We continue our profiles of short-listed potential nominees to replace Justice John Paul Stevens with a non-judicial candidate, Jennifer M. Granholm, the current governor of Michigan.

As Jennifer M. Granholm is nearing the end of her second and last term as governor of Michigan, she is once again on a short list of possible candidates to replace a retiring U.S. Supreme Court justice.  If she serves on the high court, she would be the only current justice to have held a state wide political office, to have no previous judicial experience and would be the first former state governor to sit since Earl Warren retired in 1969, in addition to being the third female member of the court.

While Granholm was born in Vancouver, British Columbia, her family moved to California when she was a child. At 18, she became a U.S. citizen. She was an honors graduate of both the University of California at Berkeley and Harvard Law School, where she edited the Civil Rights and Civil Liberties Law Review. While at Harvard she wrote articles warning about the potential threat the civil liberties presented by an increasing surveillance society and by the lack of transparency and access to public information. After graduating law school in 1987, she and her husband moved to his native state of Michigan, where they eventually had three children.

Following Harvard, she was a judicial clerk for Judge Damon J. Keith (a Johnson nominee) at the 6th Circuit Court of Appeals. Granholm became a federal prosecutor in Detroit in 1990, and apparently enjoyed a 98% conviction rate. In 1994 she was appointed Wayne County Corporation Counsel, the county’s top legal job. In 1998, Granholm was elected Michigan’s first female attorney general, the only Democrat to win state-wide office at that time.  As an initial test, she succeeded in a political battle with the Republican controlled legislature, which made a failed attempt to strip the office of attorney general of several core powers. She opened a high-tech crime unit and focused on consumer protection, environmental regulations, and hate crimes.  Granholm was then elected governor of Michigan in 2002, and then re-elected in 2006.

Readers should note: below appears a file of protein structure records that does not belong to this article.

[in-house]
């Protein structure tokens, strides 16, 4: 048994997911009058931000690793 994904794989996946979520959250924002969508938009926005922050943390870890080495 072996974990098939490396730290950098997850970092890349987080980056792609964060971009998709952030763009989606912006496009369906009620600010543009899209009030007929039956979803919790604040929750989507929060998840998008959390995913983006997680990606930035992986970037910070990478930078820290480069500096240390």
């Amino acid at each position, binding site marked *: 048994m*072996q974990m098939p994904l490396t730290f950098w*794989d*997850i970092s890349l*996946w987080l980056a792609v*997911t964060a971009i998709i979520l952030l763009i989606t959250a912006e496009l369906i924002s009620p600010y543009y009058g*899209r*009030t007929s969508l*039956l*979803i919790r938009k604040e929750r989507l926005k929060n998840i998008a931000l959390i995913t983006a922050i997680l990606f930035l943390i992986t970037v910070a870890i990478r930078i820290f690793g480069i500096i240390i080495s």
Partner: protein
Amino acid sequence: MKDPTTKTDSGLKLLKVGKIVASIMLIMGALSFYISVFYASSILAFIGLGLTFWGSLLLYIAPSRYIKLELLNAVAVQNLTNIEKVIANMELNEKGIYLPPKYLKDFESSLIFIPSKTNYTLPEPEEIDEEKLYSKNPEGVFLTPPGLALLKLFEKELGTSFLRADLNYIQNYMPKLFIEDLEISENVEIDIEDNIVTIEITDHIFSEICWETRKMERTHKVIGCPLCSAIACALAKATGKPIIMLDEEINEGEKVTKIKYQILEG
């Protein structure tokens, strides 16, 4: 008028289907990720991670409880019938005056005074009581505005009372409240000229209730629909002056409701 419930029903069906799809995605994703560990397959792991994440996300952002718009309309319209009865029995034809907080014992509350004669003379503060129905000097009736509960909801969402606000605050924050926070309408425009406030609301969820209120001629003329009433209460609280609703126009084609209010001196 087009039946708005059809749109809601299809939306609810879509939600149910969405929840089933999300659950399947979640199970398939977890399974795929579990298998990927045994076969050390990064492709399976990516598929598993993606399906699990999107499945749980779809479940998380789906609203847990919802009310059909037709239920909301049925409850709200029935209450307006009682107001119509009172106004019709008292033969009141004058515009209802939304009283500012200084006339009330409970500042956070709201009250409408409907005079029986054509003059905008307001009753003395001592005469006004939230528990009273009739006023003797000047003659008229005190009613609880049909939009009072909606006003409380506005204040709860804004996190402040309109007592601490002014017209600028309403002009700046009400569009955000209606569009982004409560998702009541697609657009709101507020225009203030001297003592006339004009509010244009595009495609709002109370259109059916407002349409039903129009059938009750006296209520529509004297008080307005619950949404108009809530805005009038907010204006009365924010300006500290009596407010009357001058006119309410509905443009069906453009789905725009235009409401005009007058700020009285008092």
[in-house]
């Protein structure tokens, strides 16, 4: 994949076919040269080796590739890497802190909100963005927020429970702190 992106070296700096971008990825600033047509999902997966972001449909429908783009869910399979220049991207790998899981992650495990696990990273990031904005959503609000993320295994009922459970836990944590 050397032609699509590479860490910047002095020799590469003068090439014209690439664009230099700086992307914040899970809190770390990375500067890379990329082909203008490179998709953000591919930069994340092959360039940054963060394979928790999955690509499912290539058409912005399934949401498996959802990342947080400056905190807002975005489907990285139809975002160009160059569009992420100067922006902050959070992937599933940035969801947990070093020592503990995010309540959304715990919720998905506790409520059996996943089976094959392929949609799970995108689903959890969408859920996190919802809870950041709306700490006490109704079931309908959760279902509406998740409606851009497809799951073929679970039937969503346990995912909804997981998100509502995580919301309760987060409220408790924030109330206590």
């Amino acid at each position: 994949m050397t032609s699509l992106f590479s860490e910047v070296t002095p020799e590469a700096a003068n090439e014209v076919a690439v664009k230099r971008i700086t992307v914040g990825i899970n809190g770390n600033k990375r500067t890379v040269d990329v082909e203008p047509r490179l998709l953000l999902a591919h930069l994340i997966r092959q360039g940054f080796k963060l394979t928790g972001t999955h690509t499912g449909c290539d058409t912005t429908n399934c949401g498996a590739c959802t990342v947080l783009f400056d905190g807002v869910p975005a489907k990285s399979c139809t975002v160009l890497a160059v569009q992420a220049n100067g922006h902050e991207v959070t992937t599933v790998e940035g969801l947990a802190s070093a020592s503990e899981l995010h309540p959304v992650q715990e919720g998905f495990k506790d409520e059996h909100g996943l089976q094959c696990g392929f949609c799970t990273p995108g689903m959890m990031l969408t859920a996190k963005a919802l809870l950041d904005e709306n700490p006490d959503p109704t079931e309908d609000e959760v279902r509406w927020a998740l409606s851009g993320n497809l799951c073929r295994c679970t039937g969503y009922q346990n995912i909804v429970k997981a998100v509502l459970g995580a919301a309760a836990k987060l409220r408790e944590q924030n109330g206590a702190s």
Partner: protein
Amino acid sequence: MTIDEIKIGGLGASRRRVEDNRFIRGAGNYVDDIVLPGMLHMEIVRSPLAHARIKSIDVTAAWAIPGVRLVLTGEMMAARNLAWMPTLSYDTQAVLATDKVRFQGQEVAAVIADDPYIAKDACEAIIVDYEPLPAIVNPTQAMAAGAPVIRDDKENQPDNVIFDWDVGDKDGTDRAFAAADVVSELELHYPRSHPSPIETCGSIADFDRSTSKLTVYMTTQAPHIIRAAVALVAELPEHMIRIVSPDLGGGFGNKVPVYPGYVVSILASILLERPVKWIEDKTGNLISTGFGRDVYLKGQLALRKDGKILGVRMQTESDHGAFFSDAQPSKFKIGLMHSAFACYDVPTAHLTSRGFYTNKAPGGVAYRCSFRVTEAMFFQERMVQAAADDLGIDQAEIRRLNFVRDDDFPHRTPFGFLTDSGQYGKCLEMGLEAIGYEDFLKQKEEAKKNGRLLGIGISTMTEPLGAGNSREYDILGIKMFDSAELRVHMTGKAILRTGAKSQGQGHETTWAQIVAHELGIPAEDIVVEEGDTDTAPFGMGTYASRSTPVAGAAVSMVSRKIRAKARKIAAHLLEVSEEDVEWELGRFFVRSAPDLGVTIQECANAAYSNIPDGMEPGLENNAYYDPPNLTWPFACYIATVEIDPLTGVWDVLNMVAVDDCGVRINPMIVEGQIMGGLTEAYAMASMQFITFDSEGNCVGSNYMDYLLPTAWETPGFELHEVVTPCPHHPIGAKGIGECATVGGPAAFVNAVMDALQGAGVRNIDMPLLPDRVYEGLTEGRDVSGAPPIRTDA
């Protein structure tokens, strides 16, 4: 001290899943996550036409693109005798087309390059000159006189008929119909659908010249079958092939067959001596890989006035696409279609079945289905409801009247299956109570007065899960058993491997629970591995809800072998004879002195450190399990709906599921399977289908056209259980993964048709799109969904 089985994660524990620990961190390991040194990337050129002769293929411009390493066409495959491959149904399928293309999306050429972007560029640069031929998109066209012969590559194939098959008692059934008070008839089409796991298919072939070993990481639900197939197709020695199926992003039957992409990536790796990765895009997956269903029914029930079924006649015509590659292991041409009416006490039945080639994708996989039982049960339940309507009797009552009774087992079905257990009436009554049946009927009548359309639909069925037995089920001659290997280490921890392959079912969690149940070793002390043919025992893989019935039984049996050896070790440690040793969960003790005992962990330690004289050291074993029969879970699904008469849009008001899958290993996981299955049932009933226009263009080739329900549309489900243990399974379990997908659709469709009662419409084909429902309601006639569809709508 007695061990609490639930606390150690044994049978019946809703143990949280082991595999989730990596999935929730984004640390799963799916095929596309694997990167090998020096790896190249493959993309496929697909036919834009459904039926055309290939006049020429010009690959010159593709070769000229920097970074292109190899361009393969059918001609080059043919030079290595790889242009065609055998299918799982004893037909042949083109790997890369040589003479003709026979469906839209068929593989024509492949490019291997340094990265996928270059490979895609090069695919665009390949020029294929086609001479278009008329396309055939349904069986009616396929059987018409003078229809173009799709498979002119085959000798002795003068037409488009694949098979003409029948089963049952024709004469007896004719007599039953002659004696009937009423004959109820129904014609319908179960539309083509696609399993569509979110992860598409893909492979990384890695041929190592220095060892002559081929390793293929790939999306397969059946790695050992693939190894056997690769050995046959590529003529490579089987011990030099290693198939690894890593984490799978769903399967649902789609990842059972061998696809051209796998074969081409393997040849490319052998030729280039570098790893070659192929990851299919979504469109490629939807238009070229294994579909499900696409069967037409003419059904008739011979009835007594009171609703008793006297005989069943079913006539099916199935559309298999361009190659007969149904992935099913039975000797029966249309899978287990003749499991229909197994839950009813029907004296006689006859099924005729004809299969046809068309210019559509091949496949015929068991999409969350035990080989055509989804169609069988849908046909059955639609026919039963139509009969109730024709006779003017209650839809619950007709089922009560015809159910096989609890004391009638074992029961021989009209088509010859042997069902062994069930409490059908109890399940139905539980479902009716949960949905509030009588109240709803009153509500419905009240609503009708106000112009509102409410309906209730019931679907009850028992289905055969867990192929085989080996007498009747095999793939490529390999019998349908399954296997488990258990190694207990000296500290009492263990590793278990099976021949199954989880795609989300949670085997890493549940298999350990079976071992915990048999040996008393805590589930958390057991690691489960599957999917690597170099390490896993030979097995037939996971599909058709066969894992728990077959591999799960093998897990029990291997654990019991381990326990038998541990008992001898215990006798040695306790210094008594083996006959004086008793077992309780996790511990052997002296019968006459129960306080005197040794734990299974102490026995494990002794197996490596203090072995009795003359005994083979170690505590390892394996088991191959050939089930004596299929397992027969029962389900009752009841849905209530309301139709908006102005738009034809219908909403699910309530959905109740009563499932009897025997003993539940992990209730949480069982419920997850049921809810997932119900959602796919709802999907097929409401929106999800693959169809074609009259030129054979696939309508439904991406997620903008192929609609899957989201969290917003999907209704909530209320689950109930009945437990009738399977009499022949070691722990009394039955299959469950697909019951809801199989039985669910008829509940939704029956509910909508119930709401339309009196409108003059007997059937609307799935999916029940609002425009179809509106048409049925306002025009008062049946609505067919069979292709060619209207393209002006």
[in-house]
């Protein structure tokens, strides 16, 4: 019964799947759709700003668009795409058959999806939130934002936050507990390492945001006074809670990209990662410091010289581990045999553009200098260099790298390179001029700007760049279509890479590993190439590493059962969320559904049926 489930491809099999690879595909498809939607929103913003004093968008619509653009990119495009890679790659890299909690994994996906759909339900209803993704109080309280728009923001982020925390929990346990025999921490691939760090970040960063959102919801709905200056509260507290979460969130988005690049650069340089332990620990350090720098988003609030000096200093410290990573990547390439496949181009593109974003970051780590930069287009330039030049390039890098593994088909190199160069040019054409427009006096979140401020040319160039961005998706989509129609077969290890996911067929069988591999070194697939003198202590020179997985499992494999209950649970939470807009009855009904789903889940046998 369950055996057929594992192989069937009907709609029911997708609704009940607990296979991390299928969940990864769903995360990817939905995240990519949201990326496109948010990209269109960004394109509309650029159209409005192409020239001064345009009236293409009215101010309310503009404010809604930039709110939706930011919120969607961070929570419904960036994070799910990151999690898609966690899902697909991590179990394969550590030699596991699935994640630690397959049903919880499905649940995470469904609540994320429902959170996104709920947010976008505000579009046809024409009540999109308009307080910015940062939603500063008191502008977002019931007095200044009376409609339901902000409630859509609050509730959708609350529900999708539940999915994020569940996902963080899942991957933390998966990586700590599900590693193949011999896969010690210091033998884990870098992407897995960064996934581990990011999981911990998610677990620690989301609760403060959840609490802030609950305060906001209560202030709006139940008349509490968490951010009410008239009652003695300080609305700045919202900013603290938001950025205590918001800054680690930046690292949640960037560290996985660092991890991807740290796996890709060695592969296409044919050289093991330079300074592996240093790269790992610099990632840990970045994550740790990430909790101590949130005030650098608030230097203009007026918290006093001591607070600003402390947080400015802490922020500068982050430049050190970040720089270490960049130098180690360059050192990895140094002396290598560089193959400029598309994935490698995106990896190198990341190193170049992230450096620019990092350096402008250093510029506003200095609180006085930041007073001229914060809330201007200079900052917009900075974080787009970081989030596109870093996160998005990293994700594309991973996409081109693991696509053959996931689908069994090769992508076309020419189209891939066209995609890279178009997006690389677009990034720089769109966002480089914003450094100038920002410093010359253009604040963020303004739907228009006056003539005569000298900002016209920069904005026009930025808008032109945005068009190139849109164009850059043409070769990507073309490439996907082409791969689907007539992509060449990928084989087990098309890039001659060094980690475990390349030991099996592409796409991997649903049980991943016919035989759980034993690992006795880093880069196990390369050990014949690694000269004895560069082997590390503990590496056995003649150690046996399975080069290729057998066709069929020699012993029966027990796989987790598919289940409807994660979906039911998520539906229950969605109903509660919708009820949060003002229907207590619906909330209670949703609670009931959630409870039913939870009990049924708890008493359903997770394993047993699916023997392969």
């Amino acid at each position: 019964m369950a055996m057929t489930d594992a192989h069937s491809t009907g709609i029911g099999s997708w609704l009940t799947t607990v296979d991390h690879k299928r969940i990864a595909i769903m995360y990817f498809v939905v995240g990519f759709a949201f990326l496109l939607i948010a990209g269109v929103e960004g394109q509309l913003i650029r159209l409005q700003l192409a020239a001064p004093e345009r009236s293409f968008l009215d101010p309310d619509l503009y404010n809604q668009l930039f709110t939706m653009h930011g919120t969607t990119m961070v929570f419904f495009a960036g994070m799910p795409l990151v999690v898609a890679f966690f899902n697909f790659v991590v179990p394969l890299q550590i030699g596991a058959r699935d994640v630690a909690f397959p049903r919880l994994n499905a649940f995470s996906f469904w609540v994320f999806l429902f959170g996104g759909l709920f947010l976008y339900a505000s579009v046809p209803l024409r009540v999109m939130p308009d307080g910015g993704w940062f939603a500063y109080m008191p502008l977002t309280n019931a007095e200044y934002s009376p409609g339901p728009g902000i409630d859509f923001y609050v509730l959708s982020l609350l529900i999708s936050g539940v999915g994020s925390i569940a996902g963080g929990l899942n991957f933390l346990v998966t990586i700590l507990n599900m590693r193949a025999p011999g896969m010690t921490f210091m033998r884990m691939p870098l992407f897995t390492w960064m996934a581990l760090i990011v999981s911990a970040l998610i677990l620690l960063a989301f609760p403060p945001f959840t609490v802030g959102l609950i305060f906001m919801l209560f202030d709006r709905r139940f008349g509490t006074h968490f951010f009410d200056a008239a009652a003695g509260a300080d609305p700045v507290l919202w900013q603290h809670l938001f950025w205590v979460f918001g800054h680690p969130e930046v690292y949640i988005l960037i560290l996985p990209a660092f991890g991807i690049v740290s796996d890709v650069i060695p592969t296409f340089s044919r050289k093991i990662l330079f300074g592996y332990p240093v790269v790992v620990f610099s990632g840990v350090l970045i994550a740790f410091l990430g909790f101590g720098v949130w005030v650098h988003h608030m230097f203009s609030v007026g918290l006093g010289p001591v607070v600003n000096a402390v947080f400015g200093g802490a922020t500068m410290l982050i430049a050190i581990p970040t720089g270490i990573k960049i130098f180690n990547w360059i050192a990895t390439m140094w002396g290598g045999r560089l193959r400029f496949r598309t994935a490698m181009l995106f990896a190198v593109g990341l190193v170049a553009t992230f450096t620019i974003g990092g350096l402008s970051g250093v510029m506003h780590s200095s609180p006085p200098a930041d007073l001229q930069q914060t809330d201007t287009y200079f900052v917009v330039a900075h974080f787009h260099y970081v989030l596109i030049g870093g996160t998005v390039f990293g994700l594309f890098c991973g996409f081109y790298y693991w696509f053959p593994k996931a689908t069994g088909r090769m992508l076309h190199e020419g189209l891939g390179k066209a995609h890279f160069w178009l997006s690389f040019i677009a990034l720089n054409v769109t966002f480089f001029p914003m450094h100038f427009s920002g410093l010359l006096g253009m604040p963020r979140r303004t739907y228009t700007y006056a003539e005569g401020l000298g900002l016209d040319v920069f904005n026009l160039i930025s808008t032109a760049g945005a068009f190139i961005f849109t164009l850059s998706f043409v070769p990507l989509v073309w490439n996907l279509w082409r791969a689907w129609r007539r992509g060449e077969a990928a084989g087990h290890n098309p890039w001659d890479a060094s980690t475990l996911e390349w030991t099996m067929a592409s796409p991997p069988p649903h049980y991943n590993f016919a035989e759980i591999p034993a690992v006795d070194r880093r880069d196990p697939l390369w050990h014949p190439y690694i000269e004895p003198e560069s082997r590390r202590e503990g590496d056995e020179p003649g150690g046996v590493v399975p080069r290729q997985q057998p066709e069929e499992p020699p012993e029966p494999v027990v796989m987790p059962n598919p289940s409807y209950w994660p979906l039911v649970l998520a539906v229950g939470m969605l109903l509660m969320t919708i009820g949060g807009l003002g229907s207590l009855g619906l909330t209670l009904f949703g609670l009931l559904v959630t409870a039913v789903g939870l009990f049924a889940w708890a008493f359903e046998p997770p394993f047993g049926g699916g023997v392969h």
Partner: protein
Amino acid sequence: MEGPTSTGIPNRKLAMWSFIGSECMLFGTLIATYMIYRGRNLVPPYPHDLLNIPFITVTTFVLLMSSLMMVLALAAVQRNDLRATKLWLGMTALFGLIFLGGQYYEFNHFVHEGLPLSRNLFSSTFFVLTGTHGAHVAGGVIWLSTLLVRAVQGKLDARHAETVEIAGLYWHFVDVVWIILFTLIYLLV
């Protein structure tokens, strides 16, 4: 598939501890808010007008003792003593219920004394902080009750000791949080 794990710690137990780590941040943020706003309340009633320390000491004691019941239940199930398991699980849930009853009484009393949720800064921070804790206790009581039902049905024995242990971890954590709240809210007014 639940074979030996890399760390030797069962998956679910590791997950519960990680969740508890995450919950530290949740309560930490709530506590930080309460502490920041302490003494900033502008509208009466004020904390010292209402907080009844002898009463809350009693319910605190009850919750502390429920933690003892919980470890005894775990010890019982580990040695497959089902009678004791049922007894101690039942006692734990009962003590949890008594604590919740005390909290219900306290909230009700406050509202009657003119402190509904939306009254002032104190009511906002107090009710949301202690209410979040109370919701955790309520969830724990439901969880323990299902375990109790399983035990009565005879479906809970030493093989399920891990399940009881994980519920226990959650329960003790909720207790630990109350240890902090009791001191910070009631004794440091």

Given her lack of judicial experience, her position on issues must be culled from her political activities.  For example, she has expressly endorsed Roe v. Wade and has vetoed proposed bans on late term abortions on the grounds that they did not account for the health of the mother, as well as attempts to narrow the ability of judicial authorization for under age abortions. Conversely, as attorney general she defended conservative abortion laws and wrote an opinion that taking RU-486 (the morning after pill) was legally tantamount to having an abortion.

Governor Granholm filed an amicus brief supporting the affirmative action program of the University of Michigan that was ultimately criticized by the U.S. Supreme Court in Grantz v. Bollinger. In response to Kelo v. City of New London, Granholm signed legislation prohibiting eminent domain powers unless a public use could be proven. Granholm has also expressed her opinion that the Ten Commandments are universal, and therefore had no problem displaying them in government buildings, although she intended to follow the federal law on the issue.

On other issues, Granholm has not supported legalizing same-sex marriage, but opposed amending the state constitution to define marriage as between a man and a woman while also seeking legal protections for domestic partners.  She has initiated broad clean energy programs in Michigan and supports stricter emissions standards, but has also been a consistent advocate for the auto industry. She has enacted health care reforms that expanded health care in Michigan with the intention of making affordable health care universally available in Michigan, but without proposing a public option, a potentially hot issue with judicial challenges to Obama’s recent health care bill already underway.  Granholm has also signed laws regulating mortgages to reduce fraud and predatory practices, and providing various forms of assistance to unemployed workers. 

During her time as governor, Granholm has faced Michigan’s severe economic problems and budget shortfalls.  These have resulted in both raising certain taxes and imposing dramatic budget cuts, while still implementing other initiatives – “real world government experience” which her supporters claim is currently lacking on the high court.